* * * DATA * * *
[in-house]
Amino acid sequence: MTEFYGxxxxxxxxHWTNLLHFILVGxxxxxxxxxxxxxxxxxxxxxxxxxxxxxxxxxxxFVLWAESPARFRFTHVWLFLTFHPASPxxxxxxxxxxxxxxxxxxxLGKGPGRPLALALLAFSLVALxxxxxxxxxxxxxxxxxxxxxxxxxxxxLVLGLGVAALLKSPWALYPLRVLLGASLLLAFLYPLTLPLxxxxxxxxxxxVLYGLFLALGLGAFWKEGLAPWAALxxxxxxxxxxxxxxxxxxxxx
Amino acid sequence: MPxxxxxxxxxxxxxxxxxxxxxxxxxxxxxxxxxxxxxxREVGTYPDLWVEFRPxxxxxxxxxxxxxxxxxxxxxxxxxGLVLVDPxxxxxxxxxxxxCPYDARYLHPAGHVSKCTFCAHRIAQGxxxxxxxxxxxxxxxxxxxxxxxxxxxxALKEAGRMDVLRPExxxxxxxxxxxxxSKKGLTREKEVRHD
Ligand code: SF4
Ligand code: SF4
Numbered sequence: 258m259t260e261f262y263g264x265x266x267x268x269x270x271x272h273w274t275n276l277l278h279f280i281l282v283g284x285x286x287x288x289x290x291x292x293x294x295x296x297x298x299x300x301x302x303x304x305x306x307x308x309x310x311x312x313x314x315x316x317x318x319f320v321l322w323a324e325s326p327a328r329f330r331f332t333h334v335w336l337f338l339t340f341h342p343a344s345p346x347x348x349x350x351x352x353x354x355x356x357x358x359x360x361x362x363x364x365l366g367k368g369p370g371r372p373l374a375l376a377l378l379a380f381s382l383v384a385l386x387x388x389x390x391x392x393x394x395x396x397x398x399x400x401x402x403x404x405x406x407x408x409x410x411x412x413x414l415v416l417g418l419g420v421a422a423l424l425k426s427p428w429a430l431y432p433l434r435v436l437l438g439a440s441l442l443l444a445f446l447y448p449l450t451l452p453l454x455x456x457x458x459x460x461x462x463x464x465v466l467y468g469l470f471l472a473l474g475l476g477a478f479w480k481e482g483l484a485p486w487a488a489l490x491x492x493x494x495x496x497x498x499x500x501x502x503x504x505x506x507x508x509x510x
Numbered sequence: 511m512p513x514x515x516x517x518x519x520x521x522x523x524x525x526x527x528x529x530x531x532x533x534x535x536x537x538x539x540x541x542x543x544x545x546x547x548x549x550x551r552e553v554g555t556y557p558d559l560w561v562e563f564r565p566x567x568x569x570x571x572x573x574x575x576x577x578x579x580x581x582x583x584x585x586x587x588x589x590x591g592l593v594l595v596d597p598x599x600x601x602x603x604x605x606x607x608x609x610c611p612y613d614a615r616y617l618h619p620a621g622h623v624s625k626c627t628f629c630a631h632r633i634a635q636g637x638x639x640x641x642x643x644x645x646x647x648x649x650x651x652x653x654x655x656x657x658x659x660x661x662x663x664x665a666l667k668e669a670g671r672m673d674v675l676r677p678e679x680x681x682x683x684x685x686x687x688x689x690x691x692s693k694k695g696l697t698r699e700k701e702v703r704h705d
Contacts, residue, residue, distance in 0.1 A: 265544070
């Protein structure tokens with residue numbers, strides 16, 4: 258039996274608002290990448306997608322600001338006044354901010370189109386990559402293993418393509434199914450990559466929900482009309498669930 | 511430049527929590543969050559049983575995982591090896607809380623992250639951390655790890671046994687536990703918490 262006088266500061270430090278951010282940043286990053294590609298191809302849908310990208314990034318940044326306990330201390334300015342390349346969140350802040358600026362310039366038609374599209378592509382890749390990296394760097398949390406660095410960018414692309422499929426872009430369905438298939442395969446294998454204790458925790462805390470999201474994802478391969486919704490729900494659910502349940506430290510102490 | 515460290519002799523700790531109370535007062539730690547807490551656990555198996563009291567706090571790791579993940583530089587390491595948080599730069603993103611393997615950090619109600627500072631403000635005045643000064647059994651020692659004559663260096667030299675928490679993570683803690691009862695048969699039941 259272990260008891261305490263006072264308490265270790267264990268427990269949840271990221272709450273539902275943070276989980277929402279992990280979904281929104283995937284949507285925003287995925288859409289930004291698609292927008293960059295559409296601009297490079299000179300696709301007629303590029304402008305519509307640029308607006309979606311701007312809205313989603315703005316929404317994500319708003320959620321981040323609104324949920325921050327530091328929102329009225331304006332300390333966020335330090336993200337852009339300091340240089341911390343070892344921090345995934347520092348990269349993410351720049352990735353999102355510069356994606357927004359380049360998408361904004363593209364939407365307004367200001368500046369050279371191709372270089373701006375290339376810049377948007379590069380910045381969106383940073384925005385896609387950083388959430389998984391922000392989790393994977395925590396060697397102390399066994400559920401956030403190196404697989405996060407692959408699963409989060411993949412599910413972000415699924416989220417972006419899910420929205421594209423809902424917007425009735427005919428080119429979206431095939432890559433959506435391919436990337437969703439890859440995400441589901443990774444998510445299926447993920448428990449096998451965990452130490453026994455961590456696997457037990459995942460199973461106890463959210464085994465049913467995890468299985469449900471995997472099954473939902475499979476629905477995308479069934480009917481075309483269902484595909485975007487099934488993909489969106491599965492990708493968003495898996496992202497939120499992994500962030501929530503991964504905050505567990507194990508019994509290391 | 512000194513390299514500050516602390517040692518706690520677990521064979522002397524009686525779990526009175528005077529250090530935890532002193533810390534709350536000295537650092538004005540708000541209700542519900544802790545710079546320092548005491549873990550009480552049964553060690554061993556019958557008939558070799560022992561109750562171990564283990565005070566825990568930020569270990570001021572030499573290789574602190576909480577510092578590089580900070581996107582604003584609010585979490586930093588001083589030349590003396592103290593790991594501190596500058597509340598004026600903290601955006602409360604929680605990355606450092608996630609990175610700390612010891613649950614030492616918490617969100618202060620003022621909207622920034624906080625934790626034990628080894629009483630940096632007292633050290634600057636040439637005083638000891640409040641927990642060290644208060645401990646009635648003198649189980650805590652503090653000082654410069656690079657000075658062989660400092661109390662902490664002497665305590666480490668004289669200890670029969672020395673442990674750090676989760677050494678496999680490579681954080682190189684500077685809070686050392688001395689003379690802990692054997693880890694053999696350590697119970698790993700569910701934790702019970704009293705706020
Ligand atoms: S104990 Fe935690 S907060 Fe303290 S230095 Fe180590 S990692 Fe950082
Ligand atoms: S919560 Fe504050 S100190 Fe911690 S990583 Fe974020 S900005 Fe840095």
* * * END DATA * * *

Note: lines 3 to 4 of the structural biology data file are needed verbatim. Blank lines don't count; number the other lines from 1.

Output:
Amino acid sequence: MPxxxxxxxxxxxxxxxxxxxxxxxxxxxxxxxxxxxxxxREVGTYPDLWVEFRPxxxxxxxxxxxxxxxxxxxxxxxxxGLVLVDPxxxxxxxxxxxxCPYDARYLHPAGHVSKCTFCAHRIAQGxxxxxxxxxxxxxxxxxxxxxxxxxxxxALKEAGRMDVLRPExxxxxxxxxxxxxSKKGLTREKEVRHD
Ligand code: SF4